An acute observation on the articulation between capital’s representability and the technical composition of labour post-73, from his remarkable 1980 essay ‘The Work/Energy Crisis and the Apocalypse’ (worth revisiting in these Anthropocene-mongering times):
The very image of the worker seems to disintegrate before this recomposition of capital. The burly, “blue collared” line worker seems to blur in the oil crisis, diffracted into the female service worker and the abstracted computer programmer. The large concentrations of factory workers that proved so explosive are dispersed, the specific gravity of the worker’s presence is dramatically reduced. And it all feels so different! Your wages go up but they evaporate before you spend them, you confront your boss but he cries that “he has bills to pay,” and even more deeply, you don’t see your exploitation any more. On the line, you literally could observe the crystallization of your labor power into the commodity, you could see your life vanishing down the line, you could feel the materialization of your alienation. But in the service industries, your surplus labor seems to be non-existent, even “non-productive,” just” a paid form of “housework,” cleaning bedpans, massaging jogger’s muscles, scrambling eggs. While in the “energy/information” sector you seem to be engulfed by the immense fixed capital surrounding you, it feels as if you were not exploited at all, but a servant of the machine, even “privileged” to be part of the “brains of the system.” These feelings disorient struggles. As the vast spatial migrations “to look for a job” disaggregate militant circles, the old bastions are isolated and appear archaic, almost comic.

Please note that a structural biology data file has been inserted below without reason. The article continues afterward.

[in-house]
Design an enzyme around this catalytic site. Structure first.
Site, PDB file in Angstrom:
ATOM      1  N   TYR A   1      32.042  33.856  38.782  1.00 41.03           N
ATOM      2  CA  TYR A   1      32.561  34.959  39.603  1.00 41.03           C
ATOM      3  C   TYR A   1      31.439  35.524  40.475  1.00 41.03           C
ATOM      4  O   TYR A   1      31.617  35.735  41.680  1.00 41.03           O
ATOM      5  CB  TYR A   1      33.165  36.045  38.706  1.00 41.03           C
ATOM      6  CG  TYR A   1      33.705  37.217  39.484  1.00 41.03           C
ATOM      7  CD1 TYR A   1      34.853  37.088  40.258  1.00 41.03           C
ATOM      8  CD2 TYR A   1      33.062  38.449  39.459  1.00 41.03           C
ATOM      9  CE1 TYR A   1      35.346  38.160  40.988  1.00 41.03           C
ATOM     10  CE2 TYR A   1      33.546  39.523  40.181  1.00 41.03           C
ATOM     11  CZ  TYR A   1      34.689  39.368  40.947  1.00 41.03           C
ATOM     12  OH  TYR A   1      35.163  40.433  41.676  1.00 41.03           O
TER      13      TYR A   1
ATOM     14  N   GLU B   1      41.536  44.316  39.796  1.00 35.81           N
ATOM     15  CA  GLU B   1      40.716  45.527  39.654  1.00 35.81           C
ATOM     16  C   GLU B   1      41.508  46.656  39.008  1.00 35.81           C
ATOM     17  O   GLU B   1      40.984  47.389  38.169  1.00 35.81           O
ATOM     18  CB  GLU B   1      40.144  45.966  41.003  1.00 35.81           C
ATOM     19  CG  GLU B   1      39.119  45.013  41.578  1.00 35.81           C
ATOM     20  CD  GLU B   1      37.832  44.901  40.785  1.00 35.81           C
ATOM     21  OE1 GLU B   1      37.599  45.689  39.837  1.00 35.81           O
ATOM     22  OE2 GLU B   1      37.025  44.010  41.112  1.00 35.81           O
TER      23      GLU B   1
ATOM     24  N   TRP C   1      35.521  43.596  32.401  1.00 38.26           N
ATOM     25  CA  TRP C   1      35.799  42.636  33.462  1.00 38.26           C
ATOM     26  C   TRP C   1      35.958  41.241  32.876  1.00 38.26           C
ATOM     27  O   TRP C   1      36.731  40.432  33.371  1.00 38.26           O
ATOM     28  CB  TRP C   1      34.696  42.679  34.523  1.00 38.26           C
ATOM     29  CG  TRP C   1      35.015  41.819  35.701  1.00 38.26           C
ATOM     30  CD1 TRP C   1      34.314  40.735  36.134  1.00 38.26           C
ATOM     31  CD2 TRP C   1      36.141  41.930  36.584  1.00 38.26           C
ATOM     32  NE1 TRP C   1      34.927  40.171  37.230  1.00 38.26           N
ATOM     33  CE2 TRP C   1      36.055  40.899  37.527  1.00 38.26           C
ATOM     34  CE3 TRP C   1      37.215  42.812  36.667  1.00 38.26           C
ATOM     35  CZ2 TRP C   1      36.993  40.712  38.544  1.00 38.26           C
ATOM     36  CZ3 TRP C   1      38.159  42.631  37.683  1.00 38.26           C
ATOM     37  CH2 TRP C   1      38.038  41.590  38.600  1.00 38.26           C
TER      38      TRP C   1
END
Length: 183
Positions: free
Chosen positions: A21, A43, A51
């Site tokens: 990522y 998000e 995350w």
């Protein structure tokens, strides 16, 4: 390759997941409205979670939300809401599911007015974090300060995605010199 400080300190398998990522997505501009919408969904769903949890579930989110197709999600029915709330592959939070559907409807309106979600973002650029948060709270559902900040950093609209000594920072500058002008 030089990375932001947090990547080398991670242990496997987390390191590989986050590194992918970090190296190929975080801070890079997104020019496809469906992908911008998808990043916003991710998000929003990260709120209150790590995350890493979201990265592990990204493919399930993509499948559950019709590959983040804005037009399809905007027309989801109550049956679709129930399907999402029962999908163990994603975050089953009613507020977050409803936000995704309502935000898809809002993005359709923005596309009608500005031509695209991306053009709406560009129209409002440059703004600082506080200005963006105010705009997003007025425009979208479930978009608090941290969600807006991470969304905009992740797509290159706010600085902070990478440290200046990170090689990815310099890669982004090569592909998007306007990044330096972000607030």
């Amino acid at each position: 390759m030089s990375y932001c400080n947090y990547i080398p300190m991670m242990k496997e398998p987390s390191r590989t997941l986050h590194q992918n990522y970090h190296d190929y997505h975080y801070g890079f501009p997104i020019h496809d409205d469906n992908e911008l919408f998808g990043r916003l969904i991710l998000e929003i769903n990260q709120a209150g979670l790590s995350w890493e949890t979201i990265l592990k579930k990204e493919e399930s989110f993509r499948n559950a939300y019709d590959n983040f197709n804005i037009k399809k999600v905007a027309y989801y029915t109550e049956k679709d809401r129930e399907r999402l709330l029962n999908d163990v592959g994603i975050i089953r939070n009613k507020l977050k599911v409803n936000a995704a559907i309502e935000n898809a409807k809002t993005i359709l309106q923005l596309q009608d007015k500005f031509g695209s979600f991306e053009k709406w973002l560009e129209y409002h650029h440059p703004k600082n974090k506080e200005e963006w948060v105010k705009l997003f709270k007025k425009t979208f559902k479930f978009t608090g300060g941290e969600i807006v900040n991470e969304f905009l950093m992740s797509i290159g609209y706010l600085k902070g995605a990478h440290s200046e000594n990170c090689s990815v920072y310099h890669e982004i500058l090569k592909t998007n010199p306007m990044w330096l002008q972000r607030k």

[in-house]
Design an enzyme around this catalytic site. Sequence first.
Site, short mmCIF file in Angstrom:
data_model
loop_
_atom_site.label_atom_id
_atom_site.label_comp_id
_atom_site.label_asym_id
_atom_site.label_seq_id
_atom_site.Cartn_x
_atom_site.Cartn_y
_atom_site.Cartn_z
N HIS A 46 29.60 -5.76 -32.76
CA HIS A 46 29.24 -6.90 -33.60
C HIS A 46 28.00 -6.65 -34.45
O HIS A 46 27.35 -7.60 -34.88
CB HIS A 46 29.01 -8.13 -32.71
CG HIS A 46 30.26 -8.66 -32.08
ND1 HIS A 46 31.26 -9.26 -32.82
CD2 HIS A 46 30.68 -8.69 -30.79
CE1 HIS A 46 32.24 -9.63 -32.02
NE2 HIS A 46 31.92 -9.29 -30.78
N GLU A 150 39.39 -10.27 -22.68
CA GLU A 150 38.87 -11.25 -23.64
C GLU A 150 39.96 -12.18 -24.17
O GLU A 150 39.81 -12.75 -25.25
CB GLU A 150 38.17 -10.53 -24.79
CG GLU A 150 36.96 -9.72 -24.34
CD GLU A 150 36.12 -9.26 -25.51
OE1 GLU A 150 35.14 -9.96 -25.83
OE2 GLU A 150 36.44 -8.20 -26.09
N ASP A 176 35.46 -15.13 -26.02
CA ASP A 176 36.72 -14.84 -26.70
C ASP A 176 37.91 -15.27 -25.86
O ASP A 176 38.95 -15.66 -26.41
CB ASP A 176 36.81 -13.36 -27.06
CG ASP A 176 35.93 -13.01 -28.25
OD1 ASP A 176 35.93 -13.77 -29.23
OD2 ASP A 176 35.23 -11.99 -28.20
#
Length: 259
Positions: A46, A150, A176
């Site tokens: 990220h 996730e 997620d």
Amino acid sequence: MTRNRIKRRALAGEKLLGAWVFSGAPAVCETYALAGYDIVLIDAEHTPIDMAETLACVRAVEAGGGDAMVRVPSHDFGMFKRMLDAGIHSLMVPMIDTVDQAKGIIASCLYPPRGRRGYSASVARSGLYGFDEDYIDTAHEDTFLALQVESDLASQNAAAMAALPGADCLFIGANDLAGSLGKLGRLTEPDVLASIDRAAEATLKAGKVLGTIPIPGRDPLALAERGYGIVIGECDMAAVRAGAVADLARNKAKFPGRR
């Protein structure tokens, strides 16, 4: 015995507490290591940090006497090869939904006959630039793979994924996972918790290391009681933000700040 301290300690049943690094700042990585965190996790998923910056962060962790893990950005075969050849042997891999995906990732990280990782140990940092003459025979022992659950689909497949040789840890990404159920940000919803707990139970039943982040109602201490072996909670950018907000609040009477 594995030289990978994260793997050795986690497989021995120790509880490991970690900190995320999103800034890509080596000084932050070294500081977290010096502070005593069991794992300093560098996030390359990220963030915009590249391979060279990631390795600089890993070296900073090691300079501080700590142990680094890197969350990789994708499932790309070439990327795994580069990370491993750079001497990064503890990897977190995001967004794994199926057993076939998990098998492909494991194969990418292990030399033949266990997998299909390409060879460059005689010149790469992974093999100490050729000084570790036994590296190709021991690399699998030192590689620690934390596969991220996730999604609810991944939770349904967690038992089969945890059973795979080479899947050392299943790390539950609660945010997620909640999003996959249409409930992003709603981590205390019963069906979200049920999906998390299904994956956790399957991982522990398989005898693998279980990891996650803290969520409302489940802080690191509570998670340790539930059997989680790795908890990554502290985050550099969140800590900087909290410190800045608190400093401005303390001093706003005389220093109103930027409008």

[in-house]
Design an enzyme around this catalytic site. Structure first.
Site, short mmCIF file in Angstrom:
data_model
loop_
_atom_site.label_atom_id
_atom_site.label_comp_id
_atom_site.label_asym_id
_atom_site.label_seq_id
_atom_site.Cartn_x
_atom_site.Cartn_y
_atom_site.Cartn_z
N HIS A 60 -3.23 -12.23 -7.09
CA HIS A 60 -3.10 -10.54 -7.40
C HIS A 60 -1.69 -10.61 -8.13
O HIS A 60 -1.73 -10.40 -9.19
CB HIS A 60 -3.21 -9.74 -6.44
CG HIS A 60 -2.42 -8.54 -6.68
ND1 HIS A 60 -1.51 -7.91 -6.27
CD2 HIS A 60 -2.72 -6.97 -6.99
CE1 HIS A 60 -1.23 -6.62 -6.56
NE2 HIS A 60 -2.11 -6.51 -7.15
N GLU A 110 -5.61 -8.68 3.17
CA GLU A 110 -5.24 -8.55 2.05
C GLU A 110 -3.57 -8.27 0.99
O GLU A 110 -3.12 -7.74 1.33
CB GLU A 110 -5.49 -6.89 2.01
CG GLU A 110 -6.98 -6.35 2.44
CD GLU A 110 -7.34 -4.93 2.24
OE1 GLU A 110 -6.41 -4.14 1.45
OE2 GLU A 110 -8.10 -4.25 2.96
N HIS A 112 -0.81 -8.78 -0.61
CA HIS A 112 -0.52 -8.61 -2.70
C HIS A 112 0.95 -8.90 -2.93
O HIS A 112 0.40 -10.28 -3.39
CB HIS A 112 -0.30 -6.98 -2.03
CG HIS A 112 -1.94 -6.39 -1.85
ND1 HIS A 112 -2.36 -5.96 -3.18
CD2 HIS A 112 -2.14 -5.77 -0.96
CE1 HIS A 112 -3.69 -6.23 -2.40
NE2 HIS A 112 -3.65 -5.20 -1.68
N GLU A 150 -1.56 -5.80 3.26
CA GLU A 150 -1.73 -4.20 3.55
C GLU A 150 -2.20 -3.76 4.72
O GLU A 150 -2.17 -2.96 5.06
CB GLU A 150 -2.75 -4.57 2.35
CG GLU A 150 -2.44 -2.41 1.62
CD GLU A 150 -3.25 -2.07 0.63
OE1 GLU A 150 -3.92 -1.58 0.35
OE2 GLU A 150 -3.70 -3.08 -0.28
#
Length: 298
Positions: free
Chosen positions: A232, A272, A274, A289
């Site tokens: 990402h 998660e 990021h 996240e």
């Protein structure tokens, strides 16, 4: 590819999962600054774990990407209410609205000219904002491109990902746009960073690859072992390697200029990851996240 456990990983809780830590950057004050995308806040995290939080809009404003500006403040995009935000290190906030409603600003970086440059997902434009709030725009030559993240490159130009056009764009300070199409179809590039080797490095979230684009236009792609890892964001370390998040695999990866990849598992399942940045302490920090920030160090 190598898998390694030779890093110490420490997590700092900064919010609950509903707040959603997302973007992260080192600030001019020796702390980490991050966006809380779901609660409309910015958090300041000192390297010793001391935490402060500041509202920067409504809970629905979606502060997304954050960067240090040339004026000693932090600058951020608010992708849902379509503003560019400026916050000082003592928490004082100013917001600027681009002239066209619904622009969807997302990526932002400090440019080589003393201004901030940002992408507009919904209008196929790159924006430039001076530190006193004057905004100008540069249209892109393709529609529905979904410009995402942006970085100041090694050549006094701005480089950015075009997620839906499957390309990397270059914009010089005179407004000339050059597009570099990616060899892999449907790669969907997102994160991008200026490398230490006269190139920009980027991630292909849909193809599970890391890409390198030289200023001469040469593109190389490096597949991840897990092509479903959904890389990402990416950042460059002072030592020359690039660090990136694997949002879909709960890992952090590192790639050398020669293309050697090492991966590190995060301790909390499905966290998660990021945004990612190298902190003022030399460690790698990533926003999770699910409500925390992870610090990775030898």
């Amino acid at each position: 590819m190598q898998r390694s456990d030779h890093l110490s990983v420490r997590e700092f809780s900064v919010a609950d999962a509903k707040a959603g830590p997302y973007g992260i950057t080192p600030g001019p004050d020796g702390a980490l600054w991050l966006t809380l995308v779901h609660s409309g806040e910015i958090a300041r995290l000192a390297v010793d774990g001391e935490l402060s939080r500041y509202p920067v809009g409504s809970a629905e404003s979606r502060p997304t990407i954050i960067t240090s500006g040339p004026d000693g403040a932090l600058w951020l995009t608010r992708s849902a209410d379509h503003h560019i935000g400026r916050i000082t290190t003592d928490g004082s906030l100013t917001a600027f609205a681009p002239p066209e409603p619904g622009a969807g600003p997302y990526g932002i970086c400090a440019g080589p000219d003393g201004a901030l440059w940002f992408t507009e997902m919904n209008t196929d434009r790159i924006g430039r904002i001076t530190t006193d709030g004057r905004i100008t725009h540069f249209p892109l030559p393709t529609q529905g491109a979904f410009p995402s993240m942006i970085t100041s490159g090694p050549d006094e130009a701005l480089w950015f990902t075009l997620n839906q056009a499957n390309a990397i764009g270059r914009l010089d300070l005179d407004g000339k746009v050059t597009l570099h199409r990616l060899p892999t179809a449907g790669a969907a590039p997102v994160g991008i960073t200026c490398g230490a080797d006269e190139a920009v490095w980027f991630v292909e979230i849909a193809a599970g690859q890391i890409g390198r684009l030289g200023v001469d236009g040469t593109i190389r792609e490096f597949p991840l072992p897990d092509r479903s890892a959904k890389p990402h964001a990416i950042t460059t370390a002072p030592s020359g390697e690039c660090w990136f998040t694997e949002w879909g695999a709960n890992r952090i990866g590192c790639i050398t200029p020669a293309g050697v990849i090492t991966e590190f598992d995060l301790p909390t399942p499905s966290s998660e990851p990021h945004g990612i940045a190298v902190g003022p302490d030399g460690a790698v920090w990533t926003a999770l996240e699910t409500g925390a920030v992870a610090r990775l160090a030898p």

The divergence of prices and values is nothing new. On the contrary, it has always been an essential aspect of capitalist rule. Values (worktime) must be transformed into prices and this transformation is never one-to-one. The essence of the transformation of values into prices is that though capital extracts surplus value locally, it does not let those who do the extracting command and expend this surplus value. The hand of capital is different from its mouth and its asshole. This transformation is real, but it causes illusions in the brains of both capitalists and workers (including you and me!). It all revolves around mineness, the deepest pettiness in the Maya of the system. For capital appears as little machines, packets of materials, little incidents of work, all connected with little agents of complaint, excuse and hassle. Each individual capitalist complains about “my” money, each individual worker cries about “my” job, each union official complains about “my” industry; tears flow everywhere, apparently about different things, so that capitalism’s house is an eternal soap opera. But mineness is an essential illusion, though illusion all the same. Capital is social, as is work, and pitiless as Shiva to the complainers, but needs their blindness to feed itself. It no more rewards capitalists to the extent that they exploit than it rewards workers to the extent that they are exploited. There is no justice for anyone but itself.